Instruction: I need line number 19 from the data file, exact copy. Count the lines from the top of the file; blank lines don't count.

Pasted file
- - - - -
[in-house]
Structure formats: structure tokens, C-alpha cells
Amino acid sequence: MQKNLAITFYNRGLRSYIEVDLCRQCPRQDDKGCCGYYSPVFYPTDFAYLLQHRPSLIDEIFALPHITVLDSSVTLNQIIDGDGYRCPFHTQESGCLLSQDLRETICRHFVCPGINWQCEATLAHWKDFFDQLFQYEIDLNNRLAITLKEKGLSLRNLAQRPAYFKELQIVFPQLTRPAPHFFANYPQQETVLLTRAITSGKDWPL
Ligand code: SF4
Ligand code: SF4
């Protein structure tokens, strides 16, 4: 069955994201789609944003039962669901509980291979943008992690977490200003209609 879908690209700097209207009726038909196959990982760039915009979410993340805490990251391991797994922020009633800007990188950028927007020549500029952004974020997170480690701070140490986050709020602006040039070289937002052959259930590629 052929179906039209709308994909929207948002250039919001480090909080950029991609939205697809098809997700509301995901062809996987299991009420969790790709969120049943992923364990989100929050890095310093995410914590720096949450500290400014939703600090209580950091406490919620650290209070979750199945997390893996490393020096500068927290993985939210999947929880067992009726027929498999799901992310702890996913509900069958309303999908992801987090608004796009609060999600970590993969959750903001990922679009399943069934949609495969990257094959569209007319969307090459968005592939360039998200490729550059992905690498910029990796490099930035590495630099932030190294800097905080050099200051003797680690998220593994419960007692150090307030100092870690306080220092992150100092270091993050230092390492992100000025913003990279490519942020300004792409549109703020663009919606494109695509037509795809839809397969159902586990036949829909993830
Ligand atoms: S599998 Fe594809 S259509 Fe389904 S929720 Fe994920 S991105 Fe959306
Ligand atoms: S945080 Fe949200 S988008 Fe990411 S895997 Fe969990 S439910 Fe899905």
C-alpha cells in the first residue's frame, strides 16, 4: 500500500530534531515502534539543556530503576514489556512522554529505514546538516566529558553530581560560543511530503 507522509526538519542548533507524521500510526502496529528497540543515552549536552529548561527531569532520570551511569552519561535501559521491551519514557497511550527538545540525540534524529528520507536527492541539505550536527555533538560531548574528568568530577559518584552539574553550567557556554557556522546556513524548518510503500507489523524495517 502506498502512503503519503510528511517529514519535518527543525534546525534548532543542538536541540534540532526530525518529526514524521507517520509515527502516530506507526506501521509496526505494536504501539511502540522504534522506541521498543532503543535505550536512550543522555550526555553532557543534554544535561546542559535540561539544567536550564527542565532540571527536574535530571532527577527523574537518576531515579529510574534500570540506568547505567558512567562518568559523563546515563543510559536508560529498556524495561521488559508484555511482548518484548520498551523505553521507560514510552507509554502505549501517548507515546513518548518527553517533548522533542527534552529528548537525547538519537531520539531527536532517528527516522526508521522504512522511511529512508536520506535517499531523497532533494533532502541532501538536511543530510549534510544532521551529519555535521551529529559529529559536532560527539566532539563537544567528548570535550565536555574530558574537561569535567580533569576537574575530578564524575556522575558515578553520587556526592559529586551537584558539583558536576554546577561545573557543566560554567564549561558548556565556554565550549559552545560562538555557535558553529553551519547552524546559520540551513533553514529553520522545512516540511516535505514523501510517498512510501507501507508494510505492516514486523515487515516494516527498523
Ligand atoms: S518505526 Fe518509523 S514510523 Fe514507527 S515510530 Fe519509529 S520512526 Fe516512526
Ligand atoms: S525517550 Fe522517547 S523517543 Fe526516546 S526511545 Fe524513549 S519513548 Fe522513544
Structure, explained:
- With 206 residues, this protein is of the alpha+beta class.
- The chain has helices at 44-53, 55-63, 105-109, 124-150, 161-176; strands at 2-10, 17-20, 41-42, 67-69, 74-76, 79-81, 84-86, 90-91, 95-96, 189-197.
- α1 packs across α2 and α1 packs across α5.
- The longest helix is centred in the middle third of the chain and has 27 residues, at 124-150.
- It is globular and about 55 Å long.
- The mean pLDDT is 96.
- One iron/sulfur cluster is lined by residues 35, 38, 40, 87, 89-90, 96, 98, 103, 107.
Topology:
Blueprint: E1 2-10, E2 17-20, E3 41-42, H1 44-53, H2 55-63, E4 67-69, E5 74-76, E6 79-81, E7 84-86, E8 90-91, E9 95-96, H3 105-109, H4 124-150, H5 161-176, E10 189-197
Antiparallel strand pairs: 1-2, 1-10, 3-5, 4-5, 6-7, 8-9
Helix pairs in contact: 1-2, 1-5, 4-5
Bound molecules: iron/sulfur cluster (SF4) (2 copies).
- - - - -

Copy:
- One iron/sulfur cluster is lined by residues 35, 38, 40, 87, 89-90, 96, 98, 103, 107.